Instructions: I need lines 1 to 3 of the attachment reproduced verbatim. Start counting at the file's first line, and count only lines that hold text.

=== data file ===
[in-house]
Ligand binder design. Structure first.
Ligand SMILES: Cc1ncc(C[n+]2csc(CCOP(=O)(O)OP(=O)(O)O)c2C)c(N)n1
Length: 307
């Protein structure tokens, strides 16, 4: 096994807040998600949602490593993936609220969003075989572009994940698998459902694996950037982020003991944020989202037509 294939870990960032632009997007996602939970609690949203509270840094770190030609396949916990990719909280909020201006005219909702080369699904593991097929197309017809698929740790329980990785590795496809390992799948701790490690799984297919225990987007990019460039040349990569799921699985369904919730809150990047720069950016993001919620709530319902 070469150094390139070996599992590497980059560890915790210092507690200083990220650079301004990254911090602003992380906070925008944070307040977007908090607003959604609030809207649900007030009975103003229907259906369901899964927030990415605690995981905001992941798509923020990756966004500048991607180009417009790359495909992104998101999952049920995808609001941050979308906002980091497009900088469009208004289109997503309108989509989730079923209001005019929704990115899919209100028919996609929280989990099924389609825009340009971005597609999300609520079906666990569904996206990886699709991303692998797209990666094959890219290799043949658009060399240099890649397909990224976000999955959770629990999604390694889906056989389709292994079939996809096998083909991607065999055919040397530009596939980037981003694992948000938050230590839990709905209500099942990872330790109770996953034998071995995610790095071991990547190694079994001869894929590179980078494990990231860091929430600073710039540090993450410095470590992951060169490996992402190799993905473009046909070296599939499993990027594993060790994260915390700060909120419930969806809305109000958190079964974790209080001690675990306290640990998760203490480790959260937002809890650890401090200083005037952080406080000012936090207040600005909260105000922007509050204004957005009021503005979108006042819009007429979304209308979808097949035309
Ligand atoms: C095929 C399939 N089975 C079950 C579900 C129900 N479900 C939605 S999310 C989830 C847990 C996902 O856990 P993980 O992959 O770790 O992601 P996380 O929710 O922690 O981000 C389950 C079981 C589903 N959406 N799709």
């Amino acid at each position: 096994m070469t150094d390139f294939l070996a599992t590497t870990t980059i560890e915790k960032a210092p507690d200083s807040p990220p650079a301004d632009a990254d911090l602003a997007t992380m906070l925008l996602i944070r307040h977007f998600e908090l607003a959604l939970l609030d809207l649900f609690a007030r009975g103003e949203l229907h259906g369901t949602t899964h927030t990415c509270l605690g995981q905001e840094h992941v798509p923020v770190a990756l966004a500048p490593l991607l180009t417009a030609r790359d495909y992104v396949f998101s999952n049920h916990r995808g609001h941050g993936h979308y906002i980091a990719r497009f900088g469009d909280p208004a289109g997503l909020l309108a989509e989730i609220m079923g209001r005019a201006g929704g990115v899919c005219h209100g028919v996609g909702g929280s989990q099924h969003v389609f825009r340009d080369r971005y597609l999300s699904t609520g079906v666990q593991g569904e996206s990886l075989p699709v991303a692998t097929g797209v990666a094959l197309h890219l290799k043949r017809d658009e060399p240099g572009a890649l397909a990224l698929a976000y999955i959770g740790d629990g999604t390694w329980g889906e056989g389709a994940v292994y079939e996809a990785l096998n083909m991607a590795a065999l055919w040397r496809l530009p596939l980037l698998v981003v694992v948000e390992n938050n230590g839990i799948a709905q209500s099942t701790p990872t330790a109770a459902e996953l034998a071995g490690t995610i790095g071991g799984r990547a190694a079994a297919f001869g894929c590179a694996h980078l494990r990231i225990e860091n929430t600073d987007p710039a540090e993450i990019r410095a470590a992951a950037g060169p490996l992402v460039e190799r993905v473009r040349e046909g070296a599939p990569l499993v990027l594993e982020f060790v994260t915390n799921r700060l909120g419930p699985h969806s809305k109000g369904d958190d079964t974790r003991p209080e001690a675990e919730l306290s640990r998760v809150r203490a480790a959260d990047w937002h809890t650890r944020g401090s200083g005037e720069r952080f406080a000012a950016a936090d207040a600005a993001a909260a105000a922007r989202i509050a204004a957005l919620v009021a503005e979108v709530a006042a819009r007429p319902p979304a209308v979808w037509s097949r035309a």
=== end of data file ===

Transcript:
[in-house]
Ligand binder design. Structure first.
Ligand SMILES: Cc1ncc(C[n+]2csc(CCOP(=O)(O)OP(=O)(O)O)c2C)c(N)n1